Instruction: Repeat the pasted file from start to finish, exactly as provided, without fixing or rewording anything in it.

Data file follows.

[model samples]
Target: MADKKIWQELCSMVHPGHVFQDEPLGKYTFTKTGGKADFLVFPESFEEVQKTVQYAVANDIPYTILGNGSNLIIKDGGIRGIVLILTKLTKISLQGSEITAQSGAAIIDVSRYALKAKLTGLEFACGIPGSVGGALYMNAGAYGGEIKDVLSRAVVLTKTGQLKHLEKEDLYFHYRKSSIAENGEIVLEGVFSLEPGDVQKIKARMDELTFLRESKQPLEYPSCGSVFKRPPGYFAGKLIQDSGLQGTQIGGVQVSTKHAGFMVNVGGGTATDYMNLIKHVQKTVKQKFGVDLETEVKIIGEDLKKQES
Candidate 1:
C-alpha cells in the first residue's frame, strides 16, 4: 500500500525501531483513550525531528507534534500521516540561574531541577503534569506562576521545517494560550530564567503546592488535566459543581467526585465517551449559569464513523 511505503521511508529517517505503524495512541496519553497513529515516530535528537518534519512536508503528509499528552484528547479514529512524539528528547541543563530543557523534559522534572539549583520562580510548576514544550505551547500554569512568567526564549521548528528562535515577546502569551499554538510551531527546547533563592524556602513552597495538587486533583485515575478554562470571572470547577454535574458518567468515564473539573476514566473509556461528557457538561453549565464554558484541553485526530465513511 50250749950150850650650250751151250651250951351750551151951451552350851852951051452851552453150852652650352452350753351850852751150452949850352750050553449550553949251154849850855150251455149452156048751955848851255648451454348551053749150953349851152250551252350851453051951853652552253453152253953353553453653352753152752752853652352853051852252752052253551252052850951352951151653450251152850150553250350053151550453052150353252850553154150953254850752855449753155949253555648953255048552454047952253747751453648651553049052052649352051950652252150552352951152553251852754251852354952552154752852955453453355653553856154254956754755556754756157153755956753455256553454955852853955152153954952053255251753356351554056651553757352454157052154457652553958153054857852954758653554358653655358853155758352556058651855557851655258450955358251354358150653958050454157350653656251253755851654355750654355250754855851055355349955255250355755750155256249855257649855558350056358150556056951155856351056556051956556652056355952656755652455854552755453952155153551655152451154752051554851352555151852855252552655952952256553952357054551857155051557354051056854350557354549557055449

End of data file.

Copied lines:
[model samples]
Target: MADKKIWQELCSMVHPGHVFQDEPLGKYTFTKTGGKADFLVFPESFEEVQKTVQYAVANDIPYTILGNGSNLIIKDGGIRGIVLILTKLTKISLQGSEITAQSGAAIIDVSRYALKAKLTGLEFACGIPGSVGGALYMNAGAYGGEIKDVLSRAVVLTKTGQLKHLEKEDLYFHYRKSSIAENGEIVLEGVFSLEPGDVQKIKARMDELTFLRESKQPLEYPSCGSVFKRPPGYFAGKLIQDSGLQGTQIGGVQVSTKHAGFMVNVGGGTATDYMNLIKHVQKTVKQKFGVDLETEVKIIGEDLKKQES
Candidate 1:
C-alpha cells in the first residue's frame, strides 16, 4: 500500500525501531483513550525531528507534534500521516540561574531541577503534569506562576521545517494560550530564567503546592488535566459543581467526585465517551449559569464513523 511505503521511508529517517505503524495512541496519553497513529515516530535528537518534519512536508503528509499528552484528547479514529512524539528528547541543563530543557523534559522534572539549583520562580510548576514544550505551547500554569512568567526564549521548528528562535515577546502569551499554538510551531527546547533563592524556602513552597495538587486533583485515575478554562470571572470547577454535574458518567468515564473539573476514566473509556461528557457538561453549565464554558484541553485526530465513511 50250749950150850650650250751151250651250951351750551151951451552350851852951051452851552453150852652650352452350753351850852751150452949850352750050553449550553949251154849850855150251455149452156048751955848851255648451454348551053749150953349851152250551252350851453051951853652552253453152253953353553453653352753152752752853652352853051852252752052253551252052850951352951151653450251152850150553250350053151550453052150353252850553154150953254850752855449753155949253555648953255048552454047952253747751453648651553049052052649352051950652252150552352951152553251852754251852354952552154752852955453453355653553856154254956754755556754756157153755956753455256553454955852853955152153954952053255251753356351554056651553757352454157052154457652553958153054857852954758653554358653655358853155758352556058651855557851655258450955358251354358150653958050454157350653656251253755851654355750654355250754855851055355349955255250355755750155256249855257649855558350056358150556056951155856351056556051956556652056355952656755652455854552755453952155153551655152451154752051554851352555151852855252552655952952256553952357054551857155051557354051056854350557354549557055449